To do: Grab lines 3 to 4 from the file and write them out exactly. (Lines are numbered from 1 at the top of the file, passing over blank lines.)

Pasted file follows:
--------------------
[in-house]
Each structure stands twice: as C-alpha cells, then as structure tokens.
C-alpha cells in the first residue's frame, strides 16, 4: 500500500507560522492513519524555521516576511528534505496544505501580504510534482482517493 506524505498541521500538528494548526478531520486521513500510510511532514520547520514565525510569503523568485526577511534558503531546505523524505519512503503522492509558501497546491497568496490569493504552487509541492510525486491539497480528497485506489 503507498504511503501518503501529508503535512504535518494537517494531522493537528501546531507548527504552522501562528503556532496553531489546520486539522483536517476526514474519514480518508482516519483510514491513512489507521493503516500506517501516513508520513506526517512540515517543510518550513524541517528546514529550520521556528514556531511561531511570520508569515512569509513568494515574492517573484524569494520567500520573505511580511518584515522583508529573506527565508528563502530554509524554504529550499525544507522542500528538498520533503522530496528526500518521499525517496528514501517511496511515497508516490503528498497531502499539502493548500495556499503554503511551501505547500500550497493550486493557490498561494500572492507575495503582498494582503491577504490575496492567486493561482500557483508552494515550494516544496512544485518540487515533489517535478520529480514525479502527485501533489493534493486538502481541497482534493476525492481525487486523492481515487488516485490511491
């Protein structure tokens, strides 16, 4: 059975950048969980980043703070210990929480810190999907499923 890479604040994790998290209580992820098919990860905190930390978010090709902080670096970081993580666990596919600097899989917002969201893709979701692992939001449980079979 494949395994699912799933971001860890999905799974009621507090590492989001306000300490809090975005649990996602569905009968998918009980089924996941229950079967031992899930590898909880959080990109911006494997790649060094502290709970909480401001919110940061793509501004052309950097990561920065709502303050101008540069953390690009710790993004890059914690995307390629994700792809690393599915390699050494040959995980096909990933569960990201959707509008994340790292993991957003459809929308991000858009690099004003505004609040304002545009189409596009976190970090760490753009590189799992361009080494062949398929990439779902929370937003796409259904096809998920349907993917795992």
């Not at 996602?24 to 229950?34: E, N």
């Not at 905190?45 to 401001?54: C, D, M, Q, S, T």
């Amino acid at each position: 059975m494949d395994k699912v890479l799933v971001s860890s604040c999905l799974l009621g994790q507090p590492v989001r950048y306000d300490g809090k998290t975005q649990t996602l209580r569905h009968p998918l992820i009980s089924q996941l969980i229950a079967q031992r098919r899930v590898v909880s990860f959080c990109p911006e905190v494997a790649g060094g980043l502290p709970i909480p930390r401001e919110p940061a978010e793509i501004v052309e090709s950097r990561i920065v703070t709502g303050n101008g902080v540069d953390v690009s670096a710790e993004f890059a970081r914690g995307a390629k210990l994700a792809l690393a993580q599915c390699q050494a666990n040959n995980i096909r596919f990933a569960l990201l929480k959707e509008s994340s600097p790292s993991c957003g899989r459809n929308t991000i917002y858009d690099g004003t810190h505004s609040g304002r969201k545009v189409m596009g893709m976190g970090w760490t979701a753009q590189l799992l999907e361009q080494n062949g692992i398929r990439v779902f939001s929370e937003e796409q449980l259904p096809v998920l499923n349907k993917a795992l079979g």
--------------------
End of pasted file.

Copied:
C-alpha cells in the first residue's frame, strides 16, 4: 500500500507560522492513519524555521516576511528534505496544505501580504510534482482517493 506524505498541521500538528494548526478531520486521513500510510511532514520547520514565525510569503523568485526577511534558503531546505523524505519512503503522492509558501497546491497568496490569493504552487509541492510525486491539497480528497485506489 503507498504511503501518503501529508503535512504535518494537517494531522493537528501546531507548527504552522501562528503556532496553531489546520486539522483536517476526514474519514480518508482516519483510514491513512489507521493503516500506517501516513508520513506526517512540515517543510518550513524541517528546514529550520521556528514556531511561531511570520508569515512569509513568494515574492517573484524569494520567500520573505511580511518584515522583508529573506527565508528563502530554509524554504529550499525544507522542500528538498520533503522530496528526500518521499525517496528514501517511496511515497508516490503528498497531502499539502493548500495556499503554503511551501505547500500550497493550486493557490498561494500572492507575495503582498494582503491577504490575496492567486493561482500557483508552494515550494516544496512544485518540487515533489517535478520529480514525479502527485501533489493534493486538502481541497482534493476525492481525487486523492481515487488516485490511491
């Protein structure tokens, strides 16, 4: 059975950048969980980043703070210990929480810190999907499923 890479604040994790998290209580992820098919990860905190930390978010090709902080670096970081993580666990596919600097899989917002969201893709979701692992939001449980079979 494949395994699912799933971001860890999905799974009621507090590492989001306000300490809090975005649990996602569905009968998918009980089924996941229950079967031992899930590898909880959080990109911006494997790649060094502290709970909480401001919110940061793509501004052309950097990561920065709502303050101008540069953390690009710790993004890059914690995307390629994700792809690393599915390699050494040959995980096909990933569960990201959707509008994340790292993991957003459809929308991000858009690099004003505004609040304002545009189409596009976190970090760490753009590189799992361009080494062949398929990439779902929370937003796409259904096809998920349907993917795992």